How Do We Prevent Burnout in the Healthcare System?

The pandemic is stretching our resources, and providing a reminder of the importance of building resilience in healthcare teams.

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“When we look at the healthcare system, the success or failure of patient care is very much tied to the success or failure of the people that provide patient care,” says Zubin Austin, professor and chair of pharmacy management at the University of Toronto.

His lab’s research into what makes healthcare work for the people who provide it is particularly timely given the current global pandemic. COVID-19 is stretching our health resources, and it’s particularly important in emergencies like these to reflect on what makes healthcare systems resilient.

“I’m a big believer in teams and teamwork,” adds PhD student Jennifer Lake. “A primary care team has a lot of different types of professionals on it: physicians, nurses, nurse practitioners. Patients benefit when they have the same providers for a long period of time.”

But keeping patients together with the same care team starts with investing in people and actually building strong and long-lasting teams. And it turns out that the investment we put in now is rewarded not just with better patient outcomes, but also significant cost savings.

“People are happier. There’s less burnout when they’re on teams where they feel valued, where they know they’re contributing, if they’re working well together, if they’re a high-efficiency team,” says Lake.

“That will actually help impact healthcare costs. We’ll be able to deliver better care or more care with the same money that we’re already putting in. And that’s a huge impact in Canada because we spent a lot of money on healthcare. It’s a big line item.”

Healthcare is also a field where things change rapidly as new research and clinical options emerge all the time. However, no matter how much of an improvement a new idea or treatment may be, patients will only see the benefit when healthcare providers are able to adapt their practices just as quickly. That’s an incredibly tall order, and one that PhD student Naomi Steenhof tries to train her students to prepare for early on.

“When I’m teaching my students, I have to not just be concerned about teaching them facts and things that they need to know right now, but how am I going to prepare them for 30 years in the future when there’s medications or technologies that I’m not even aware of right now?” says Steenhof.

“We’re spending a lot of money on these new medications and technologies, but if we’re not thinking about how to train practitioners to be able to utilize them appropriately, society may not end up seeing the benefits that they could.”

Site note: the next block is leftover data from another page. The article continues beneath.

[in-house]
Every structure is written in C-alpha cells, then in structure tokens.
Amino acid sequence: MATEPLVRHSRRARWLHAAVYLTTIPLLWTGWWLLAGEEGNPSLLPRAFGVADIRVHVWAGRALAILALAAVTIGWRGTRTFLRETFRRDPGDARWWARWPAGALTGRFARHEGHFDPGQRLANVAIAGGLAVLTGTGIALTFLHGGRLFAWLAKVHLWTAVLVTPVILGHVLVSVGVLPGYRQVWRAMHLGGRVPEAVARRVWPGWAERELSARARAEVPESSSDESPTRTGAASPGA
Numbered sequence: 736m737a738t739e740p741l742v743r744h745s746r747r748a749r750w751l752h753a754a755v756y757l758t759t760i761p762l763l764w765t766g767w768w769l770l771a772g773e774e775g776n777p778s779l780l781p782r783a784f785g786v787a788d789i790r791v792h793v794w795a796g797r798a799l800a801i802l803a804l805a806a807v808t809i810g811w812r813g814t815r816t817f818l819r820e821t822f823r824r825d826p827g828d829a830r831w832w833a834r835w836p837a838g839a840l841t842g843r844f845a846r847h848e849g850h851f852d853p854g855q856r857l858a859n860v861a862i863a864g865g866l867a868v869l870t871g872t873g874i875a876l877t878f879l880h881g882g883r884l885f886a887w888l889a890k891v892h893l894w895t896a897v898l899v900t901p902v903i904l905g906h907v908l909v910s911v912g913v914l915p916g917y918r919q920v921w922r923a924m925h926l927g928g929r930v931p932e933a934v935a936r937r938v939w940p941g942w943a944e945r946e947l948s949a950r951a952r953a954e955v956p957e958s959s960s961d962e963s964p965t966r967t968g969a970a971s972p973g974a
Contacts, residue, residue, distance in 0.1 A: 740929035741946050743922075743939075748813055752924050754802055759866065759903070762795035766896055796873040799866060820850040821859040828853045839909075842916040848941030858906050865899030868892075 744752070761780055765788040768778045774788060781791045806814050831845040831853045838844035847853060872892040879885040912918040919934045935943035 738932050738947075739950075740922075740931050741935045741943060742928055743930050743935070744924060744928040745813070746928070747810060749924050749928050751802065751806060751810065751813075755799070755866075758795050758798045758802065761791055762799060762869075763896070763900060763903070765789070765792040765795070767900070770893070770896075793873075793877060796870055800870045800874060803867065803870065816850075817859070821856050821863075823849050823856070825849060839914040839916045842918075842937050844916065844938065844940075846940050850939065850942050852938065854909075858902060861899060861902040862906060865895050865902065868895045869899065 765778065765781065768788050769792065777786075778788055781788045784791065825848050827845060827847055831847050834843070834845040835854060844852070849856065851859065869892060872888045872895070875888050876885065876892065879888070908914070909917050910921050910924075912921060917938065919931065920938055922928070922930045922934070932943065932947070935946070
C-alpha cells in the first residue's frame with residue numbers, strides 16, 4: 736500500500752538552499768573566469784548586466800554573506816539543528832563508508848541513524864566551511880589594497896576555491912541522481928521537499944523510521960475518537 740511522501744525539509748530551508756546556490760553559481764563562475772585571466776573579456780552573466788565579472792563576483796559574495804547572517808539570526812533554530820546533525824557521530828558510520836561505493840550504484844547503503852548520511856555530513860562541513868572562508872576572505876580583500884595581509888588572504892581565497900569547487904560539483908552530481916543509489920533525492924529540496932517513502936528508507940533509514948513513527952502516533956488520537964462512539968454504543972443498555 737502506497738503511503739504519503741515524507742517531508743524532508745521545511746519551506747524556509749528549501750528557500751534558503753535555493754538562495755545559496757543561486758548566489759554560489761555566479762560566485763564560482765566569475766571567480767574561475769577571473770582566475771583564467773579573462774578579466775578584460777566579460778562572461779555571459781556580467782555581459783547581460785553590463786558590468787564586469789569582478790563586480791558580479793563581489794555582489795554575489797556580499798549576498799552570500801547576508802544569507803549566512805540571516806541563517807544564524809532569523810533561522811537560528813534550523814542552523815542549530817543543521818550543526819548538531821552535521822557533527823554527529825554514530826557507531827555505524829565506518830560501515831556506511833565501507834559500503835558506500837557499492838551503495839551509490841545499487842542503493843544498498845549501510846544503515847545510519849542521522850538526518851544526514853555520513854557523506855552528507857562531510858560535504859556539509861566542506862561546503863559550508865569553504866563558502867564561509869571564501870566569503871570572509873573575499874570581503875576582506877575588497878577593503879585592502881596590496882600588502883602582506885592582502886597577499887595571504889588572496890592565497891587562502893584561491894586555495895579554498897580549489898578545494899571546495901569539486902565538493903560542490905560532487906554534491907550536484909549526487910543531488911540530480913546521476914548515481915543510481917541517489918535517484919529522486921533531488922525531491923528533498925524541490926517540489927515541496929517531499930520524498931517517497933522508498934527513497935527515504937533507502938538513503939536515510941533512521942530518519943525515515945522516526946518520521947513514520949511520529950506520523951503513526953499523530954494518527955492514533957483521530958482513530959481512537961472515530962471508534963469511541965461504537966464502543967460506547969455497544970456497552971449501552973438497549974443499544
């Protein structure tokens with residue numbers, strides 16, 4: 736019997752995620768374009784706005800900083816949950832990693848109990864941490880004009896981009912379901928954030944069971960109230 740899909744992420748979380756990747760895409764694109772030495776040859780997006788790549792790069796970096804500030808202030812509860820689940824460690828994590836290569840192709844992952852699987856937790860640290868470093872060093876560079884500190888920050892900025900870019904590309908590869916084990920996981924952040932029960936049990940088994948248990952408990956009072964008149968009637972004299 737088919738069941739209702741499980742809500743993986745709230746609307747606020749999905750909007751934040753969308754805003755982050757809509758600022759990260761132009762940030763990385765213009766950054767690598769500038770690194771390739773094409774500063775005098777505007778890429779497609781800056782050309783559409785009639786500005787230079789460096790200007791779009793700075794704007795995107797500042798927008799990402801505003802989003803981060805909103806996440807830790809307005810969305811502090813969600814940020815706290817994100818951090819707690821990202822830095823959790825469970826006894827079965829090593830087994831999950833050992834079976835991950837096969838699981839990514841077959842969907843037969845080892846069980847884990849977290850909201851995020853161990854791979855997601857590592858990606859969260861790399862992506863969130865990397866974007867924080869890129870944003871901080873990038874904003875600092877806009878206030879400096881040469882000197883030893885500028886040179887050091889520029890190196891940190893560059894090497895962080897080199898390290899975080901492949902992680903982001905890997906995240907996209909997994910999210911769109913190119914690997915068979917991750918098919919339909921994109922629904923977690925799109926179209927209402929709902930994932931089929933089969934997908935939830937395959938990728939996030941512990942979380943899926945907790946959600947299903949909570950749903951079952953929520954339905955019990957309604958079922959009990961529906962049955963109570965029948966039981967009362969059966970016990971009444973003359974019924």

When healthcare teams are strong and can learn and grow together, that’s the ideal situation for everyone. Austin adds that “as policies change, finding a way of bringing all of these different groups together and helping them to see that our work should be aligned in a way that allows us to all row in the same direction is a really gratifying part of what I get to do.”

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Zubin Austin BScPhm MBA MISc PhD FCAHS is professor and Koffler Chair in Management at the Leslie Dan Faculty of Pharmacy and the Institute for Health Policy, Management, and Evaluation – Faculty of Medicine at the University of Toronto.

His research focuses on the personal and professional development of the health workforce, with a particular emphasis on internationally educated health professionals who have received their training outside Canada. He has published over 175 peer reviewed manuscripts, authored 4 reference textbooks, delivered over 150 keynote presentations at international conferences, and has received awards for his work from national and international organizations.

In 2017, in recognition of the societal impact of his work, Austin was installed as a Fellow of the Canadian Academy of Health Sciences, one of the highest honours for health researchers in Canada. He is also the only University of Toronto professor ever to have received both the President’s Teaching Award for sustained excellence in education, and the President’s Research Impact award for the national and international significance of his research. He has also been named undergraduate Professor of the Year by students on 20 occasions.

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